Follow these tips to learn how to overcome the discouragement caused by the pandemic context; therefore, you need to make small day-to-day changes so that they turn into new habits of emotional management.

      1. Practice mindfulness

      Mindfulness is a very powerful tool for dealing with emotions. It allows us to let go of obsessive thoughts that constantly worry us, and offers the possibility of adopting a more constructive mindset, not based on what has happened to us but on what we can do from now on. This is why many teams of psychologists incorporate these mindfulness exercises into our patient and group intervention services.

        2. Accept the discomfort

        Trying to show that there is no discomfort and anxiety generated by the pandemic is a mistake. This causes us to always be on guard in case any stressful thoughts arise in our consciousness making it more likely to happen. Instead of trying to “block” the thoughts, we have to assume that they will appear, but that we should not give them extra importance. It is better to direct our attention to other things.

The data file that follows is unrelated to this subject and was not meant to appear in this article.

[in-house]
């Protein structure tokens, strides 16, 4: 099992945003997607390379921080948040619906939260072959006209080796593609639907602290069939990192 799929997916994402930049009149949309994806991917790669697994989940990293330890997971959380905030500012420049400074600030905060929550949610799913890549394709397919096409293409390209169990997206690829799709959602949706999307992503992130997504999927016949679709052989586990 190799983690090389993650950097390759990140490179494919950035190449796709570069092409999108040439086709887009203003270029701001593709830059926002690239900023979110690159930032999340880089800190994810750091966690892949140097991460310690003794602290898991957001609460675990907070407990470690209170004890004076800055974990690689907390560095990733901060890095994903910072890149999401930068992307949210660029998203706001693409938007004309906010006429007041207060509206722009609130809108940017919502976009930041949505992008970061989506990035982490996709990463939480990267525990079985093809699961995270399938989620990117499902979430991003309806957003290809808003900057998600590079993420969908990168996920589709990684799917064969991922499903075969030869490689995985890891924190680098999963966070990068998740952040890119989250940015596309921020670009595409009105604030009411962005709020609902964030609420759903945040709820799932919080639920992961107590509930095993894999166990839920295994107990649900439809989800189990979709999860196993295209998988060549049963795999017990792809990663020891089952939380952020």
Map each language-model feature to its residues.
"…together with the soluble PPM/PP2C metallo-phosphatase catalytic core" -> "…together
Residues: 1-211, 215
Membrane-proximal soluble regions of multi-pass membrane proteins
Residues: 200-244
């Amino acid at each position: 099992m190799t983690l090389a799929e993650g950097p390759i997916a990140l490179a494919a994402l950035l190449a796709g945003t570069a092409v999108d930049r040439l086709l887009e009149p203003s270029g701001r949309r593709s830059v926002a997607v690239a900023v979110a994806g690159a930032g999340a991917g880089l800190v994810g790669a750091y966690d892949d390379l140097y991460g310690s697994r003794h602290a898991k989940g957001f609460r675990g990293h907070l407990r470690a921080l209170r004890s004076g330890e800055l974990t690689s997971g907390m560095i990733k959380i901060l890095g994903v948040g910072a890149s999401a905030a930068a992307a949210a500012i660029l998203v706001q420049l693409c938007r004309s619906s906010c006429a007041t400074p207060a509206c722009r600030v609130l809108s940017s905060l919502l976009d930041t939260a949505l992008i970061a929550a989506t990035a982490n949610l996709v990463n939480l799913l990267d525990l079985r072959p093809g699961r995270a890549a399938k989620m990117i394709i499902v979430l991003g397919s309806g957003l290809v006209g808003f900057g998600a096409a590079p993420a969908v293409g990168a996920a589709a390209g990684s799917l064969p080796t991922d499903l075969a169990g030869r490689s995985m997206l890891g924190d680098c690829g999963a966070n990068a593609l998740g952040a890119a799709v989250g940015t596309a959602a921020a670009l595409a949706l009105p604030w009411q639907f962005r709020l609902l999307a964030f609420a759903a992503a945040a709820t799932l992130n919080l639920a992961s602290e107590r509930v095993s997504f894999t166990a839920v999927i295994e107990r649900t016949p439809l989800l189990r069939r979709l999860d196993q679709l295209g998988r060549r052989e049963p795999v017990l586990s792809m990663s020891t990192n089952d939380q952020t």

3. Give yourself time

        We must not be in a hurry; psychological distress it takes time to give rise to a recovery of emotional balance. To pretend otherwise is to put obstacles in its way.

        4. Take care of yourself

        Eat well and get as much rest as you need. If your body is not in good shape, this psychological predisposition to take an interest in the things around you will not resurface., To be enthusiastic about the new facets of reality. Pay attention that what you eat is healthy, and make sure you have a sleep schedule where you can get enough sleep on a regular basis.